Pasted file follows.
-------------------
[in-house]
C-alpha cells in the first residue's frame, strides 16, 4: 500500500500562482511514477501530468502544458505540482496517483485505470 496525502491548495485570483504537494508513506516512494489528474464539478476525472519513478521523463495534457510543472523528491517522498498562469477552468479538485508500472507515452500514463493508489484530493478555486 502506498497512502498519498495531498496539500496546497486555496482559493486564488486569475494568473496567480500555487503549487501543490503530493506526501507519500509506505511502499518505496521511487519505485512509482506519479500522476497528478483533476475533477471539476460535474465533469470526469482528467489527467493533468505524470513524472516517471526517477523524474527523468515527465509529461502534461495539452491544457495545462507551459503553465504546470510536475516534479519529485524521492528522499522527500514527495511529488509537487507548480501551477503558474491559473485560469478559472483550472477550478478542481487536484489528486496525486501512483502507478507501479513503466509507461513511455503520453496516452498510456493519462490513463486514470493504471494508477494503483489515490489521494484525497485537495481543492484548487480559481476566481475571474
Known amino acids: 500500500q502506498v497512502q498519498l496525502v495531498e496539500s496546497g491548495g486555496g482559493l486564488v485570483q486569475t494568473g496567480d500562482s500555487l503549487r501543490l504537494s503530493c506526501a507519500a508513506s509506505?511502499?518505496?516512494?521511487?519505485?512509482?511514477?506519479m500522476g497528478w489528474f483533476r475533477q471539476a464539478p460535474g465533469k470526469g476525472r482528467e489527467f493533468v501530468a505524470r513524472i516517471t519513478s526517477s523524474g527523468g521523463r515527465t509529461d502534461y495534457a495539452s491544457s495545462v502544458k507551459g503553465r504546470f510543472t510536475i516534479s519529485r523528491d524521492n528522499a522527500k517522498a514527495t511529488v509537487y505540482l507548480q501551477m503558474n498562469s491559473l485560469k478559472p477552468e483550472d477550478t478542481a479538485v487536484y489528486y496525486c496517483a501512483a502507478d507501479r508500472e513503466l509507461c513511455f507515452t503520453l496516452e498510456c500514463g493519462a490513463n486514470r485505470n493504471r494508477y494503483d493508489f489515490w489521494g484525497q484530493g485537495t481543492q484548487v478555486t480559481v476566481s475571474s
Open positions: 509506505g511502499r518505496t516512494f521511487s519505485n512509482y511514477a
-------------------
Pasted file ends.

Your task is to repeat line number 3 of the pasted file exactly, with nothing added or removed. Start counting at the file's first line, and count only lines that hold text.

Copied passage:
Known amino acids: 500500500q502506498v497512502q498519498l496525502v495531498e496539500s496546497g491548495g486555496g482559493l486564488v485570483q486569475t494568473g496567480d500562482s500555487l503549487r501543490l504537494s503530493c506526501a507519500a508513506s509506505?511502499?518505496?516512494?521511487?519505485?512509482?511514477?506519479m500522476g497528478w489528474f483533476r475533477q471539476a464539478p460535474g465533469k470526469g476525472r482528467e489527467f493533468v501530468a505524470r513524472i516517471t519513478s526517477s523524474g527523468g521523463r515527465t509529461d502534461y495534457a495539452s491544457s495545462v502544458k507551459g503553465r504546470f510543472t510536475i516534479s519529485r523528491d524521492n528522499a522527500k517522498a514527495t511529488v509537487y505540482l507548480q501551477m503558474n498562469s491559473l485560469k478559472p477552468e483550472d477550478t478542481a479538485v487536484y489528486y496525486c496517483a501512483a502507478d507501479r508500472e513503466l509507461c513511455f507515452t503520453l496516452e498510456c500514463g493519462a490513463n486514470r485505470n493504471r494508477y494503483d493508489f489515490w489521494g484525497q484530493g485537495t481543492q484548487v478555486t480559481v476566481s475571474s